Valerie Coghlan

Book Cover - Because of an Acorn

Because of an Acorn

The cycle of nature is beautifully and imaginatively traced from an acorn to a tree, to a forest, and a lot more in between in this attractive information picturebook. The process is shown in clear images with a minimum of words, and readers will find reason to pause at each page and look closely at what has happened.

Book Cover - Wolfy


Wolves have featured as story-characters since Antiquity. They have been cast as violent and savage, or sometimes as devious or predatory, but almost always as synonymous with danger, or perhaps evil. Some cultures equated wolves with the devil, others drew parallels with man’s–and especially men’s–animalistic nature.

Book Cover - Aquarium


At first glance Aquarium looked a bit like it was all fur coat and no – ahem– underwear. Created by a young Argentinian graphic designer for readers of 3 to 5 years, it looked too design-led with not much else going on. But first glance was wrong; the underpinnings in this stylish wordless picturebook are considerable. And at first glance there doesn’t seem to be much happening in the story: a little girl runs to a lake or sea where she plunges into the water.

Book Cover - A History of Pictures for Children

A History of Pictures for Children

Based on their bestselling A History of Pictures, artist David Hockney and art critic Martin Gayford discuss the development of pictures from cave paintings to the computer screen. Hockney’s voice is that of an artist reflecting on how artists created their work, while Gayford supplies plenty of solid information about the development of visual media over millennia. Throughout the book, the reader is reminded that art is a continuum: an artist is influenced by what earlier artists have done and how they did it.

Book Cover - Helen Oxenbury: A Life in Illustration

Helen Oxenbury: A Life in Illustration

Parents, carers and children themselves will be familiar with the rotund babies and gloriously galumphing toddlers who grace the pages of Helen Oxenbury’s books for the youngest readers, and her illustrated Alice in Wonderland will have been the introduction for many readers to Carrol’s classic. Yet Oxenbury’s is a name that somehow hovers under the radar when conversations turn to picturebooks, even though she has created some of the best known – and most loved – picturebooks of the past fifty years.

Book Cover - How to Put a Whale in a Suitcase

How to Put a Whale in a Suitcase

The cover of Spanish artist Guridi’s simple-seeming but profoundly philosophical work encapsulates how a small problem can be metaphor for a very big theme. An image of a small child (boy?) with a little suitcase by his side, holding a very large red whale over his head illustrates the quandary addressed in the title.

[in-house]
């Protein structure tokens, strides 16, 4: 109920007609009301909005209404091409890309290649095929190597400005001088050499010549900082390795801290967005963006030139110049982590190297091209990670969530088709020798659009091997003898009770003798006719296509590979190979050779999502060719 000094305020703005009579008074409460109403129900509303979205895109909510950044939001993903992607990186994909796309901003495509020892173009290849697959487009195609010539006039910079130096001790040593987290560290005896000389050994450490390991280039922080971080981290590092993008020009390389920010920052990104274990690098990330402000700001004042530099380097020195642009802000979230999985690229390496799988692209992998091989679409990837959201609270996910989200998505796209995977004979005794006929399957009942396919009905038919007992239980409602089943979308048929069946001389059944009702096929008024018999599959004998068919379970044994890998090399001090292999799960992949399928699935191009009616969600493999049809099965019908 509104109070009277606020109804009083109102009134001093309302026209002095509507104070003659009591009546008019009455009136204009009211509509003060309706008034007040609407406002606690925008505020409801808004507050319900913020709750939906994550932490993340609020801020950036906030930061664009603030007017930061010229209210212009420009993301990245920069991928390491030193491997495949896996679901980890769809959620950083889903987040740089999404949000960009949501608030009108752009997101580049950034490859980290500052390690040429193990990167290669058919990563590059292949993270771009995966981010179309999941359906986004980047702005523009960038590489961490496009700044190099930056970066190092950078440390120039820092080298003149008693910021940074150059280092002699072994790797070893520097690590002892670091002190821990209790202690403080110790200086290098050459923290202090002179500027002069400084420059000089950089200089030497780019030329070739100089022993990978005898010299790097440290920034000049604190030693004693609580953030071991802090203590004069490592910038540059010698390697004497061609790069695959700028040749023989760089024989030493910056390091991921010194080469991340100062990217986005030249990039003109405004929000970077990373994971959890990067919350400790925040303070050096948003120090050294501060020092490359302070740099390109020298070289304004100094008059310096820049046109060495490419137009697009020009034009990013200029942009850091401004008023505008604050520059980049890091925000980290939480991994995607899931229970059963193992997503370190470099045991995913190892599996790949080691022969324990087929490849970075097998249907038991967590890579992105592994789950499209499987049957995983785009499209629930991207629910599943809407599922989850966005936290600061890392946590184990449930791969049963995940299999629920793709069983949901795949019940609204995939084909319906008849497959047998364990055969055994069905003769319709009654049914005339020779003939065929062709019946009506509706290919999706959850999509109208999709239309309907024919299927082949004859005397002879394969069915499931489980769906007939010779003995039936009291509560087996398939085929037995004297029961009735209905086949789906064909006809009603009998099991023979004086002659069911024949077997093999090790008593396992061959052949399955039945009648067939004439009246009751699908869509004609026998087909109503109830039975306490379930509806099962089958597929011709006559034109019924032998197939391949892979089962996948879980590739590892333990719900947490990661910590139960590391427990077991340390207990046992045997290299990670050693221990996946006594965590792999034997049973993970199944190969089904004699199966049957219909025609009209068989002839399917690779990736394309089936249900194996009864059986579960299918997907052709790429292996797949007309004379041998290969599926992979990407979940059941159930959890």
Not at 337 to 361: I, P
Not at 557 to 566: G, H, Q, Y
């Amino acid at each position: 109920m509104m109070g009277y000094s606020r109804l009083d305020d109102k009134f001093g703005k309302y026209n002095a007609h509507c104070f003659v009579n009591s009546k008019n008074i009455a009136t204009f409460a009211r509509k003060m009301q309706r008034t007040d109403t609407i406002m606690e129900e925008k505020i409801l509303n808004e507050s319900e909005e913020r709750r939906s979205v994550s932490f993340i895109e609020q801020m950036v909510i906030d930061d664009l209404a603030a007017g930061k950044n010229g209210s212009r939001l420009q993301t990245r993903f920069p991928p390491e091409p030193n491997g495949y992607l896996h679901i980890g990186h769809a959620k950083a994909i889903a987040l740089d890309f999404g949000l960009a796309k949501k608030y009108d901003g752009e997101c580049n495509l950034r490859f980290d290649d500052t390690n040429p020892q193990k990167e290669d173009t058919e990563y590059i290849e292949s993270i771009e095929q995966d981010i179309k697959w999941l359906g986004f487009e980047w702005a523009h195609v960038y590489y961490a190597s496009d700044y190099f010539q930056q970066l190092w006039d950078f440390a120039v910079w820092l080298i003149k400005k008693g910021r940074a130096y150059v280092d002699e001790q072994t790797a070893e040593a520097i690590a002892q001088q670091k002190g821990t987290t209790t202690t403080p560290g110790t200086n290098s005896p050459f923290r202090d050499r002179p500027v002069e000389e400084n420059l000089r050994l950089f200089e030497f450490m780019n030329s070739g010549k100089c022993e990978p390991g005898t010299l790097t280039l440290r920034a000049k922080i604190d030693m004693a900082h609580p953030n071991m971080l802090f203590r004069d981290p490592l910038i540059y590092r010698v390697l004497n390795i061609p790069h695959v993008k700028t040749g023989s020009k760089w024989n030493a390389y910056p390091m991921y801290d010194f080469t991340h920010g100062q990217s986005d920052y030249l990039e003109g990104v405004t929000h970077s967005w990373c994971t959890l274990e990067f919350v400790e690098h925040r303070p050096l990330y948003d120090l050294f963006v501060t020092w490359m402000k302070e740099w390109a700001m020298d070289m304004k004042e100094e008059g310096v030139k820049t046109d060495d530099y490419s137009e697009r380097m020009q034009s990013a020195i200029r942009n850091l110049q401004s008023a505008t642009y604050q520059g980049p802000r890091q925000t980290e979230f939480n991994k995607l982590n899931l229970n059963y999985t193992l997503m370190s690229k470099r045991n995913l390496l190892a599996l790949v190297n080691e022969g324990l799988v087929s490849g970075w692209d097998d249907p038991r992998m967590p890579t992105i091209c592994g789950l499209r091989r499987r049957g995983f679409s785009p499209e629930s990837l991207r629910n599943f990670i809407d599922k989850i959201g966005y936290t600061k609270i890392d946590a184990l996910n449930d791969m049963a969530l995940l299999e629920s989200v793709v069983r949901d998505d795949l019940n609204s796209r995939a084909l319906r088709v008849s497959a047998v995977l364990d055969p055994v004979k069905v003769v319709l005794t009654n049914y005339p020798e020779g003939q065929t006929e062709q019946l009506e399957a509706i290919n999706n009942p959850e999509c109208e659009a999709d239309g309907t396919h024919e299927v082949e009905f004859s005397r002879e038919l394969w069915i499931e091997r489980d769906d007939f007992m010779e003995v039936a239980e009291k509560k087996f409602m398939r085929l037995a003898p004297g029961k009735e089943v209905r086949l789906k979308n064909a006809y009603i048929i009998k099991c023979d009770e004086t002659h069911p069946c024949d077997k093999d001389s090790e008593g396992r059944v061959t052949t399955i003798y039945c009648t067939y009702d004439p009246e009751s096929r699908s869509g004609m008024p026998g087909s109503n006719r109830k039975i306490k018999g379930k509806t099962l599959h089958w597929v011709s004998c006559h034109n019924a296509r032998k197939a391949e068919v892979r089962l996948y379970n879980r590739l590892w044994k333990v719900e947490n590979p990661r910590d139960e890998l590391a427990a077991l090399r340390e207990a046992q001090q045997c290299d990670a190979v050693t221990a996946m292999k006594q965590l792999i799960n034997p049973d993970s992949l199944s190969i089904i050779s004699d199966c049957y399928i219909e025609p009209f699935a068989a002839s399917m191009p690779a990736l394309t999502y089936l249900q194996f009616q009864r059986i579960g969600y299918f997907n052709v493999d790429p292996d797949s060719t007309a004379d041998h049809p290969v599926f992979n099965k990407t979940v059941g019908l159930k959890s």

Book Cover - What Can Cats Do?

What Can Cats Do?

For cat lovers, of course, and for anyone who enjoys the quirky observations of a small child on the world around them, What Can Cats Do? is a delight. Each double-page spread offers in one sentence a short reflection on the abilities of a cat seen through the eyes of a child who wonders what a cat can do that he can’t: ‘I can’t make my toenails go in and out … I tried.’ This is one of a number of picturebooks reissued by the Bodleian Library’s publishing arm; first published in 1963, it looks completely contemporary, or should that be timeless?

Book Cover - They Say Blue

They Say Blue

A young girl ponders the nature of colour in the natural world: ‘They say blue is the colour of the sky’, and that’s true today. Then she wonders why the water from the blue sea looks so clear in her hands. And what about a blue whale? She’s never seen one, so how can she be sure if it really is blue? And she finds colours change as the seasons roll by.

Book Cover - The Mediterranean

The Mediterranean

The opening spread of Greder’s tough, uncompromising book contains only the words “after he had finished drowning, his body sank slowly to the bottom, where the fish were waiting.” Hanging on to the right-hand edge of the page, like a doomed man on a capsizing boat, the words impel the turning of the page to confront a body drifting to the bottom of the sea, where, on the next page turn, the fish are indeed waiting.

Book Cover - The Story of Ferdinand

The Story of Ferdinand

Ferdinand is 81 years old this year, quite an age for a bull destined for a Madrid bullring. His story has remained in print and this year a special heritage edition has been published in the UK.

Readers first meet Ferdinand as a little bull sitting under a shady cork tree, smelling the flowers. Ferdinand grows to be a fine big young bull who still enjoys smelling the flowers, but the day the men come to pick the fiercest bull for the bull fight, Ferdinand goes jumping mad after he is stung by an angry bee.